Uber has sold its self-driving division to startup Aurora, offloading the long-term, costly play that has faced significant controversy.
It was announced earlier this week that with the ridesharing giant had sold its Advanced Technologies Group, which focused on self-driving technology, to autonomous vehicle startup Aurora, in a deal that values it at more than $5 billion ($US4 billion).
The company also sold its unprofitable flying taxi arm, Uber Elevate, to Joby Aviation.
Uber has been looking to reduce costs in the wake of a tumultuous year thanks to the COVID-19 pandemic, and has backed away from its long-term goal of developing and rolling out its own self-driving cars.
This had previously been a significant part of Uber’s planned future, but it has been looking to reach profitability and shed costs this year, with a focus on its core business of ridesharing and delivery.
As part of the deal, Uber CEO Dara Khosrowshahi will join Aurora’s board, while Uber will also be investing $539 million ($US400 million) into the startup, valuing it at $US10 billion.
Uber’s Advanced Technologies Group was previously valued at $US7.25 billion as part of a $US1 billion funding round in April last year, with investors including Toyota, DENSO and the Vision Fund.
Aurora was founded by a trio of veterans from heavyweight tech firms Google, Tesla and Uber.
Aurora co-founder and CEO Chris Urmson said that following the acquisition, the company is now ahead of the pack.
“With the addition of Advanced Technologies Group, Aurora will have an incredibly strong team and technology, a clear path to several markets and the resources to deliver,” Urmson said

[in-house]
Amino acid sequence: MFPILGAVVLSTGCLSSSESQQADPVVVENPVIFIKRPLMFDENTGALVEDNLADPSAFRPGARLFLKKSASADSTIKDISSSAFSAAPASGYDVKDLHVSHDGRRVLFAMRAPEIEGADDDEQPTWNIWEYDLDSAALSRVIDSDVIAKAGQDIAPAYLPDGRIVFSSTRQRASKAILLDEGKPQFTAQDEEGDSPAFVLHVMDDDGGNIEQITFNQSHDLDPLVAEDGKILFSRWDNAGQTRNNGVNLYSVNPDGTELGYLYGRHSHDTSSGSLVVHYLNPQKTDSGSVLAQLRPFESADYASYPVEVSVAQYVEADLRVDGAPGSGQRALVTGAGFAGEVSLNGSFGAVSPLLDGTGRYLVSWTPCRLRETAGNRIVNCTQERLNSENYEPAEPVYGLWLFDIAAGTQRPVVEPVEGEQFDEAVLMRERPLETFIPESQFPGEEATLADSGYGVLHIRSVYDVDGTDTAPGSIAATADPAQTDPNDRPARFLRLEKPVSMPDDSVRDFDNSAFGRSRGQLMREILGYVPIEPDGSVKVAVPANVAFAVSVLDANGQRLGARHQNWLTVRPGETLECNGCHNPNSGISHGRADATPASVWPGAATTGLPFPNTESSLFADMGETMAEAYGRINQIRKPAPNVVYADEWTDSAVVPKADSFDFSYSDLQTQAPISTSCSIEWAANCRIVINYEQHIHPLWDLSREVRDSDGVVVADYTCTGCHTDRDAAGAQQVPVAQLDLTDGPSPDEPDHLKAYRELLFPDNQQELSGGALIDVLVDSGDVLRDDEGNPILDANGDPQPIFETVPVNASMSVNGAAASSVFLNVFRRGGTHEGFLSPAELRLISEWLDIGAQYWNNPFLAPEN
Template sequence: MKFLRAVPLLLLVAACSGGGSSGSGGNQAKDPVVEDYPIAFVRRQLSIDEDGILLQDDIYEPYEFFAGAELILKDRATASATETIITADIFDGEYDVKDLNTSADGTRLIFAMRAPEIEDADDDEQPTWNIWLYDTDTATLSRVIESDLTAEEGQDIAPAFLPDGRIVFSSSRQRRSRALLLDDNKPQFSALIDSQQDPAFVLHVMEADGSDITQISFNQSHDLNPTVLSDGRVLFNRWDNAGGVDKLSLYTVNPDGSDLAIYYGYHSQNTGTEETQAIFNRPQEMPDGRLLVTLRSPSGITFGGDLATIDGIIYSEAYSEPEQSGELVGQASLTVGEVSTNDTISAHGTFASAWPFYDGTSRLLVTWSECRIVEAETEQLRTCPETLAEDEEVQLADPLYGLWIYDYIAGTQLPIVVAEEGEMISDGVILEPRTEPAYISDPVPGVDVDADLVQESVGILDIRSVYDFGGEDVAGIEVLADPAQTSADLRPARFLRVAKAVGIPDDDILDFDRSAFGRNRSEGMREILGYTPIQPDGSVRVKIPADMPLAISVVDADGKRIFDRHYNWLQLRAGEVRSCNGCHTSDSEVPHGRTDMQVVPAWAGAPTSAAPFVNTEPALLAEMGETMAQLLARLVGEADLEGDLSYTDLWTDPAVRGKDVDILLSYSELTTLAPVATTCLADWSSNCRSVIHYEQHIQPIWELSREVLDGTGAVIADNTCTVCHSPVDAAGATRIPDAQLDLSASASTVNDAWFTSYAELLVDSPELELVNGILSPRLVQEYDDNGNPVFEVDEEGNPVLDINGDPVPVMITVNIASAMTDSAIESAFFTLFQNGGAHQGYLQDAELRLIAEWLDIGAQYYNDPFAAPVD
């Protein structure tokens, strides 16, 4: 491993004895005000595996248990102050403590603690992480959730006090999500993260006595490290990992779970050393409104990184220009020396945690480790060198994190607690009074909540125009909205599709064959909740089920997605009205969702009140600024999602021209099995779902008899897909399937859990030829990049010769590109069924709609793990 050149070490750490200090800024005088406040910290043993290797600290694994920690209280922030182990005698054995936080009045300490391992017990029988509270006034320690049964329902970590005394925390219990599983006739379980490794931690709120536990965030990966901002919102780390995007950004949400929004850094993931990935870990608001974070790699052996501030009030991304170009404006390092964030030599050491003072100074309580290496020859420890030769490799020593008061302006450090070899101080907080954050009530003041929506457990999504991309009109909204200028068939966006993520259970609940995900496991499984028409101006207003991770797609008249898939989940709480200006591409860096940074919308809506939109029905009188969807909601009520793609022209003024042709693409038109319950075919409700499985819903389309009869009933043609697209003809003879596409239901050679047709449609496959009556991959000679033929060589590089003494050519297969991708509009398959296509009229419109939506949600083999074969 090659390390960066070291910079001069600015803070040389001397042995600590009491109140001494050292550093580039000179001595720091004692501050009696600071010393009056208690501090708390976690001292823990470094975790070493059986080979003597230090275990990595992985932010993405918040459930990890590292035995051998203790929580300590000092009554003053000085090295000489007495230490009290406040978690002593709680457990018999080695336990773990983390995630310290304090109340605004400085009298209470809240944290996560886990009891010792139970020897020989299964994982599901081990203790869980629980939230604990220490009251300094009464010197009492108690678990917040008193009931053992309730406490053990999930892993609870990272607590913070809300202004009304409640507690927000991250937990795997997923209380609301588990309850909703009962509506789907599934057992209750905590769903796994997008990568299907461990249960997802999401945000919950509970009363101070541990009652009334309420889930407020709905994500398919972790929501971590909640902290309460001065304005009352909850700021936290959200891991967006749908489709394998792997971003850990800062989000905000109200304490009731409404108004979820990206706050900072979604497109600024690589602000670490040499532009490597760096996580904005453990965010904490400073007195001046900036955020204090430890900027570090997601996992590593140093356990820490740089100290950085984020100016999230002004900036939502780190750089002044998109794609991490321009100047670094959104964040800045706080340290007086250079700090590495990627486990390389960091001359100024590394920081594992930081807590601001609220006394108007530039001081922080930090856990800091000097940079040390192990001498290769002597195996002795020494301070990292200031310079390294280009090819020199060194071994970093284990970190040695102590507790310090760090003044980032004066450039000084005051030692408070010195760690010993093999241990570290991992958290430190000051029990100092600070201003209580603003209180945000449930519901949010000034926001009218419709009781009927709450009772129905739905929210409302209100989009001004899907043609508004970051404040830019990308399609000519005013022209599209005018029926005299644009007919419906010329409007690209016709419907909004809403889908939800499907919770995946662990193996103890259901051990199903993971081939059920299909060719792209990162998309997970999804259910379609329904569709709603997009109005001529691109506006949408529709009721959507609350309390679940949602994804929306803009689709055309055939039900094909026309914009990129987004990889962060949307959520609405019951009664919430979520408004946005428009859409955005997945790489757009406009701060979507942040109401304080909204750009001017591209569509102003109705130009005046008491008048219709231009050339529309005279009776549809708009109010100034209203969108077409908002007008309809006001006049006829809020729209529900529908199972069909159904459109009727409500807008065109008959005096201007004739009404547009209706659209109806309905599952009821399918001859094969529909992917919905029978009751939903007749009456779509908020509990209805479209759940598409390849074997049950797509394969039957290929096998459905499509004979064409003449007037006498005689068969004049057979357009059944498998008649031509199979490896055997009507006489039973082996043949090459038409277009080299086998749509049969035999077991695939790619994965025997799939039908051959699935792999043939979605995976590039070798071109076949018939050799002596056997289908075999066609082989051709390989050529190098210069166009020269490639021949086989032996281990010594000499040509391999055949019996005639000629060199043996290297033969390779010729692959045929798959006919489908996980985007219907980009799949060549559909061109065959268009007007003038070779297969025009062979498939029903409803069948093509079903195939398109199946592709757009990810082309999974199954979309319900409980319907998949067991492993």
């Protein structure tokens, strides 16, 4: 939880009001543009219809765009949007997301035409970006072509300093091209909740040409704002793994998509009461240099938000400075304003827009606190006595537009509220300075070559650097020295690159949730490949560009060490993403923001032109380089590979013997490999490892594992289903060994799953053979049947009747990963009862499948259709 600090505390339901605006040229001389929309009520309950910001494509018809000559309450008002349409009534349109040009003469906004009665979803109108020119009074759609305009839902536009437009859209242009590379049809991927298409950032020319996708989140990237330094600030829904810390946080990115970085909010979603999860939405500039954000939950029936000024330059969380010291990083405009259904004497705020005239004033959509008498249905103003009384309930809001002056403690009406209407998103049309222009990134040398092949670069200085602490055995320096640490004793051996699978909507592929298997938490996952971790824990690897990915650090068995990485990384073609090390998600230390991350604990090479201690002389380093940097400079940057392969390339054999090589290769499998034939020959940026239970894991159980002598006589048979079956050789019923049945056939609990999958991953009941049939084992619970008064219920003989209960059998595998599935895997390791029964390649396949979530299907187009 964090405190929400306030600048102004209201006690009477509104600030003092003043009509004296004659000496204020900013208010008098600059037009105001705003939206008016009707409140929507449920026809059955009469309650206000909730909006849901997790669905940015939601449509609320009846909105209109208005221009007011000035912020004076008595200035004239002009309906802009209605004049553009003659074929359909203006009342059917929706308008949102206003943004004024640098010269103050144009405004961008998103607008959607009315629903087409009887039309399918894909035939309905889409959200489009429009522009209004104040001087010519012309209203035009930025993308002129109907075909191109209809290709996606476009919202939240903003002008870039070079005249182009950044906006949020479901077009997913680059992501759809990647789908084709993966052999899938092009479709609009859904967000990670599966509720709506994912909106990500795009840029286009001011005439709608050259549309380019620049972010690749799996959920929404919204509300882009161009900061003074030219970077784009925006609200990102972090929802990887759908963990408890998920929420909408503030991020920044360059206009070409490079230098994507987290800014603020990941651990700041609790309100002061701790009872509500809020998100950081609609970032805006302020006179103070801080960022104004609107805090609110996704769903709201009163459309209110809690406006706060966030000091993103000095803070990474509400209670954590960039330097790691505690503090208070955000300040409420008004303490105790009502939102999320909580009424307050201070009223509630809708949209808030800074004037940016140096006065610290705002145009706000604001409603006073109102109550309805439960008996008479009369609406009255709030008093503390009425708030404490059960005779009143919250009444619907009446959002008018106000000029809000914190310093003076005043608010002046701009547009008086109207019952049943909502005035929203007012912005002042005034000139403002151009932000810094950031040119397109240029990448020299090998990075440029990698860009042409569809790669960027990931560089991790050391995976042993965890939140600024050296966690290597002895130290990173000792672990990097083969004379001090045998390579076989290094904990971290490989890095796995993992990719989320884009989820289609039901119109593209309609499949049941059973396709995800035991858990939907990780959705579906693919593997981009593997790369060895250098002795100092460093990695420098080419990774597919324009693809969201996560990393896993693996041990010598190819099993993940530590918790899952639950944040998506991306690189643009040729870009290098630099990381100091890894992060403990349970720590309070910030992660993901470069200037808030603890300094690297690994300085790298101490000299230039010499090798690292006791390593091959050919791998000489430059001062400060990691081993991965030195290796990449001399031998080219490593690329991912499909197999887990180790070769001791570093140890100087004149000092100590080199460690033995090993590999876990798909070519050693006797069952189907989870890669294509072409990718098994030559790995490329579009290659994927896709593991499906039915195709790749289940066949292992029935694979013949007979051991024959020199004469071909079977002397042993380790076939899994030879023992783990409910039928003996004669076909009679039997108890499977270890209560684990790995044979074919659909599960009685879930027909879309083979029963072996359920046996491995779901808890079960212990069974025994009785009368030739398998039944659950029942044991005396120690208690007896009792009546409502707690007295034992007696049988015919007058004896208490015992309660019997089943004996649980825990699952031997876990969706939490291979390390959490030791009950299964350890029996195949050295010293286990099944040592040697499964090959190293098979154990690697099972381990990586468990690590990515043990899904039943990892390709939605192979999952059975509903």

“Simply put, Aurora will be the company best positioned to deliver the self-driving products necessary to make transportation and logistics safer, more accessible and less expensive.”
Following the deal, which is expected to be closed in the first quarter of next year, Uber and Advanced Technologies Group investors and employees will own a 40 per cent stake in Aurora, with Uber alone holding a 26 per cent stake.
“Few technologies hold as much promise to improve people’s lives with safe, accessible, and environmentally friendly transportation as self-driving vehicles,” Khosrowshahi said.
“For the last five years, our phenomenal team at Advanced Technologies Group has been at the forefront of this effort, and in joining forces with Aurora, they are now in a pole position to deliver on that promise even faster.”
Aurora’s existing investors include Hyundai, Amazon, Greylock and Sequoia.
Uber’s Advanced Technologies Group, along with “other technologies” saw a net loss of $US303 million in the first nine months of 2020, and recorded $US457 million in research and development expenses for the program.
The company has been looking to cut costs after a difficult year, and the sale of the self-driving unit marks a significant movement on this.
In 2018, one of Uber’s Advanced Technologies Groups vehicles hit and killed a woman in Arizona. An investigation by the National Transportation Safety Board found a number of software issues in the car had contributed to the fatal crash, but that it was ultimately the result of human error, and no charges were brought forward.
In September this year, the backup driver of the Uber vehicle was charged with negligent homicide.
The investigation found that Uber had “inadequate safety risk assessment procedures” and “ineffective oversight of vehicle operators”, which contributed to the crash, and that the software failed to identify the presence of the woman near the car.
Following the accident, Uber suspended all of its testing on public roads until the end of 2018.
The investigation also revealed Uber’s self-driving vehicles had been involved in 37 crashes before the fatal one in early 2018.